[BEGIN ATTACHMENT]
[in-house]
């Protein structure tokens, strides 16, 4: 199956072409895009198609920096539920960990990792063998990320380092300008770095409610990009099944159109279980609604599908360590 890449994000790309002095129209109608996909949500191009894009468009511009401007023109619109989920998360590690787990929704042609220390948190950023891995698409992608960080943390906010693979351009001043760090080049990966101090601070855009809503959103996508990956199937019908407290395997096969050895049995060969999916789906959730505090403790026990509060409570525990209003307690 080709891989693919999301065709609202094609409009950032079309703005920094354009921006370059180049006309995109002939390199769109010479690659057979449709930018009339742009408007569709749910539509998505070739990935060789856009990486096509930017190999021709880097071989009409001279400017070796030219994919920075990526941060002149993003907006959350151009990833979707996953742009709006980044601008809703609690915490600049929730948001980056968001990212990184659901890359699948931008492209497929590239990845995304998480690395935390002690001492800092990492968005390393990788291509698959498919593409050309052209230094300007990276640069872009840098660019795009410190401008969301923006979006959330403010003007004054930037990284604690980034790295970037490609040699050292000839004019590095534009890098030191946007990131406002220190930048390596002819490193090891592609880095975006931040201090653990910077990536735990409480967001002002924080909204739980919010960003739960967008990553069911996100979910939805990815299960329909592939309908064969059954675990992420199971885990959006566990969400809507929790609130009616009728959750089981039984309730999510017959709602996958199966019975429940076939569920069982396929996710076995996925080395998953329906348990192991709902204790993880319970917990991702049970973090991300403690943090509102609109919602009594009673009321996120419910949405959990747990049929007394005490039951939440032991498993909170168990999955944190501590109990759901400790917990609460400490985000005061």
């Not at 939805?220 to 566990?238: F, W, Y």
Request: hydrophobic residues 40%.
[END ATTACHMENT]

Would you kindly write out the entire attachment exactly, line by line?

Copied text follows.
[in-house]
């Protein structure tokens, strides 16, 4: 199956072409895009198609920096539920960990990792063998990320380092300008770095409610990009099944159109279980609604599908360590 890449994000790309002095129209109608996909949500191009894009468009511009401007023109619109989920998360590690787990929704042609220390948190950023891995698409992608960080943390906010693979351009001043760090080049990966101090601070855009809503959103996508990956199937019908407290395997096969050895049995060969999916789906959730505090403790026990509060409570525990209003307690 080709891989693919999301065709609202094609409009950032079309703005920094354009921006370059180049006309995109002939390199769109010479690659057979449709930018009339742009408007569709749910539509998505070739990935060789856009990486096509930017190999021709880097071989009409001279400017070796030219994919920075990526941060002149993003907006959350151009990833979707996953742009709006980044601008809703609690915490600049929730948001980056968001990212990184659901890359699948931008492209497929590239990845995304998480690395935390002690001492800092990492968005390393990788291509698959498919593409050309052209230094300007990276640069872009840098660019795009410190401008969301923006979006959330403010003007004054930037990284604690980034790295970037490609040699050292000839004019590095534009890098030191946007990131406002220190930048390596002819490193090891592609880095975006931040201090653990910077990536735990409480967001002002924080909204739980919010960003739960967008990553069911996100979910939805990815299960329909592939309908064969059954675990992420199971885990959006566990969400809507929790609130009616009728959750089981039984309730999510017959709602996958199966019975429940076939569920069982396929996710076995996925080395998953329906348990192991709902204790993880319970917990991702049970973090991300403690943090509102609109919602009594009673009321996120419910949405959990747990049929007394005490039951939440032991498993909170168990999955944190501590109990759901400790917990609460400490985000005061």
């Not at 939805?220 to 566990?238: F, W, Y």
Request: hydrophobic residues 40%.